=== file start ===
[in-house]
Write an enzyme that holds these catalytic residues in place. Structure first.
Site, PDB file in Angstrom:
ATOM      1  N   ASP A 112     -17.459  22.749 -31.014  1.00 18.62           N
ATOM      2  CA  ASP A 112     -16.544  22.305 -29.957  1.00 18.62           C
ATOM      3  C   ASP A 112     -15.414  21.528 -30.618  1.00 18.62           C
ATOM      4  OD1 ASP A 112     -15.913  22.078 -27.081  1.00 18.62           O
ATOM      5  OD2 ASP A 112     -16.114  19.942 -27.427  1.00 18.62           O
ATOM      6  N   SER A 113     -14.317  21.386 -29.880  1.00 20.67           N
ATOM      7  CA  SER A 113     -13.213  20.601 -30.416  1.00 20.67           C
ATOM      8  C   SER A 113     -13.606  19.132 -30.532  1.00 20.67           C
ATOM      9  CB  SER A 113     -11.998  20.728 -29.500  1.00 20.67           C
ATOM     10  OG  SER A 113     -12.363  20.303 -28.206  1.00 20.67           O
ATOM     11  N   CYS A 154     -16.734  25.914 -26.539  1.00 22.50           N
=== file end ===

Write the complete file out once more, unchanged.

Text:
[in-house]
Write an enzyme that holds these catalytic residues in place. Structure first.
Site, PDB file in Angstrom:
ATOM      1  N   ASP A 112     -17.459  22.749 -31.014  1.00 18.62           N
ATOM      2  CA  ASP A 112     -16.544  22.305 -29.957  1.00 18.62           C
ATOM      3  C   ASP A 112     -15.414  21.528 -30.618  1.00 18.62           C
ATOM      4  OD1 ASP A 112     -15.913  22.078 -27.081  1.00 18.62           O
ATOM      5  OD2 ASP A 112     -16.114  19.942 -27.427  1.00 18.62           O
ATOM      6  N   SER A 113     -14.317  21.386 -29.880  1.00 20.67           N
ATOM      7  CA  SER A 113     -13.213  20.601 -30.416  1.00 20.67           C
ATOM      8  C   SER A 113     -13.606  19.132 -30.532  1.00 20.67           C
ATOM      9  CB  SER A 113     -11.998  20.728 -29.500  1.00 20.67           C
ATOM     10  OG  SER A 113     -12.363  20.303 -28.206  1.00 20.67           O
ATOM     11  N   CYS A 154     -16.734  25.914 -26.539  1.00 22.50           N